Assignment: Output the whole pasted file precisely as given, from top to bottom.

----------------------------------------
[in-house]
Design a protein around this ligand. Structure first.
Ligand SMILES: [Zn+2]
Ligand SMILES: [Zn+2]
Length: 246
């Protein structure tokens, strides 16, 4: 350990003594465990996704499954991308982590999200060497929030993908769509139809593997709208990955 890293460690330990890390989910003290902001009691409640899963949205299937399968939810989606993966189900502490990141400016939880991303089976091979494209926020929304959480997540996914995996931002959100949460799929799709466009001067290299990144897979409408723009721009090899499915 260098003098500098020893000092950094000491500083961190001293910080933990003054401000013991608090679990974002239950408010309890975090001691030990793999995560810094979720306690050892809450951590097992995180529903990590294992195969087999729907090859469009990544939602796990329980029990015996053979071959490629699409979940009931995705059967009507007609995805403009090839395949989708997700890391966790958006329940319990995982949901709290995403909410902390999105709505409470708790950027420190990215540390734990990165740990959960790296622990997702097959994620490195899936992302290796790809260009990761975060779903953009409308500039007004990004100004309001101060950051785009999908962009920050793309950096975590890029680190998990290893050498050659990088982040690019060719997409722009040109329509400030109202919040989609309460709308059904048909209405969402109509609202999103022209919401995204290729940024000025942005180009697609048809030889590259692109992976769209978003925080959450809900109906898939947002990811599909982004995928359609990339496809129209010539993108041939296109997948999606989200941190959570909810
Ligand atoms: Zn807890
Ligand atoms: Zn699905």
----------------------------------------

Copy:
[in-house]
Design a protein around this ligand. Structure first.
Ligand SMILES: [Zn+2]
Ligand SMILES: [Zn+2]
Length: 246
């Protein structure tokens, strides 16, 4: 350990003594465990996704499954991308982590999200060497929030993908769509139809593997709208990955 890293460690330990890390989910003290902001009691409640899963949205299937399968939810989606993966189900502490990141400016939880991303089976091979494209926020929304959480997540996914995996931002959100949460799929799709466009001067290299990144897979409408723009721009090899499915 260098003098500098020893000092950094000491500083961190001293910080933990003054401000013991608090679990974002239950408010309890975090001691030990793999995560810094979720306690050892809450951590097992995180529903990590294992195969087999729907090859469009990544939602796990329980029990015996053979071959490629699409979940009931995705059967009507007609995805403009090839395949989708997700890391966790958006329940319990995982949901709290995403909410902390999105709505409470708790950027420190990215540390734990990165740990959960790296622990997702097959994620490195899936992302290796790809260009990761975060779903953009409308500039007004990004100004309001101060950051785009999908962009920050793309950096975590890029680190998990290893050498050659990088982040690019060719997409722009040109329509400030109202919040989609309460709308059904048909209405969402109509609202999103022209919401995204290729940024000025942005180009697609048809030889590259692109992976769209978003925080959450809900109906898939947002990811599909982004995928359609990339496809129209010539993108041939296109997948999606989200941190959570909810
Ligand atoms: Zn807890
Ligand atoms: Zn699905």